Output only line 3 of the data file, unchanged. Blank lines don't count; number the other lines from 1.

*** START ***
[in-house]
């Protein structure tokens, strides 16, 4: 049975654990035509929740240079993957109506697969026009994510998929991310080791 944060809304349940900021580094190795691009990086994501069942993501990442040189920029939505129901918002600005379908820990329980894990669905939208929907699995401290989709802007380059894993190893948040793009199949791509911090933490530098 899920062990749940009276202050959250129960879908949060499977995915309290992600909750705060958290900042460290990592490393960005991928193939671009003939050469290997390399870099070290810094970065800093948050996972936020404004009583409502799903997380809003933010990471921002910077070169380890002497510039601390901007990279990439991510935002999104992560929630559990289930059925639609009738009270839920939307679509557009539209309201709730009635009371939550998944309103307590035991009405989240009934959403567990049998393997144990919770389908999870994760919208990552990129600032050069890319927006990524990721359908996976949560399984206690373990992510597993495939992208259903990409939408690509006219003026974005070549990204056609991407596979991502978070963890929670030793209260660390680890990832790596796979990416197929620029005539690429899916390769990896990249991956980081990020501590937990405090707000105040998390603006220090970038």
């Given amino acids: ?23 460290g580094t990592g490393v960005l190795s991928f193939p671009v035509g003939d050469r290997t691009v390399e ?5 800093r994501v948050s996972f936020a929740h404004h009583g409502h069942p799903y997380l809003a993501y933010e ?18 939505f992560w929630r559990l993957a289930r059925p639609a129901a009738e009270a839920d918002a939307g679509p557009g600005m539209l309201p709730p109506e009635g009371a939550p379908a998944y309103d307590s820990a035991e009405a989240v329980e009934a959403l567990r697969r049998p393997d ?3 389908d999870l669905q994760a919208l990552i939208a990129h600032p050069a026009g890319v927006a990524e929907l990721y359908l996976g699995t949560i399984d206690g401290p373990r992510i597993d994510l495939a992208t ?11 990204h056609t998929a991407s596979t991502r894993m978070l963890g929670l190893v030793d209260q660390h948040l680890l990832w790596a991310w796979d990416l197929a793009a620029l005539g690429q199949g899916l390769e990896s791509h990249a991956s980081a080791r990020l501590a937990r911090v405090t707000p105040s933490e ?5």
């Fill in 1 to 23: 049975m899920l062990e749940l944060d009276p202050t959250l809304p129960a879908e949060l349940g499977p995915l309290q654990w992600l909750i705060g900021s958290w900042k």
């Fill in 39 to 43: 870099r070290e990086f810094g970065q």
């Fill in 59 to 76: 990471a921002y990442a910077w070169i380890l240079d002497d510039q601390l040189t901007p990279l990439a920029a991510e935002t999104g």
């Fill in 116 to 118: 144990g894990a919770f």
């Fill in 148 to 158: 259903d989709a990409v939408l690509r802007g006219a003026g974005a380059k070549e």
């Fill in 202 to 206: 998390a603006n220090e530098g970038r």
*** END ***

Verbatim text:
């Given amino acids: ?23 460290g580094t990592g490393v960005l190795s991928f193939p671009v035509g003939d050469r290997t691009v390399e ?5 800093r994501v948050s996972f936020a929740h404004h009583g409502h069942p799903y997380l809003a993501y933010e ?18 939505f992560w929630r559990l993957a289930r059925p639609a129901a009738e009270a839920d918002a939307g679509p557009g600005m539209l309201p709730p109506e009635g009371a939550p379908a998944y309103d307590s820990a035991e009405a989240v329980e009934a959403l567990r697969r049998p393997d ?3 389908d999870l669905q994760a919208l990552i939208a990129h600032p050069a026009g890319v927006a990524e929907l990721y359908l996976g699995t949560i399984d206690g401290p373990r992510i597993d994510l495939a992208t ?11 990204h056609t998929a991407s596979t991502r894993m978070l963890g929670l190893v030793d209260q660390h948040l680890l990832w790596a991310w796979d990416l197929a793009a620029l005539g690429q199949g899916l390769e990896s791509h990249a991956s980081a080791r990020l501590a937990r911090v405090t707000p105040s933490e ?5």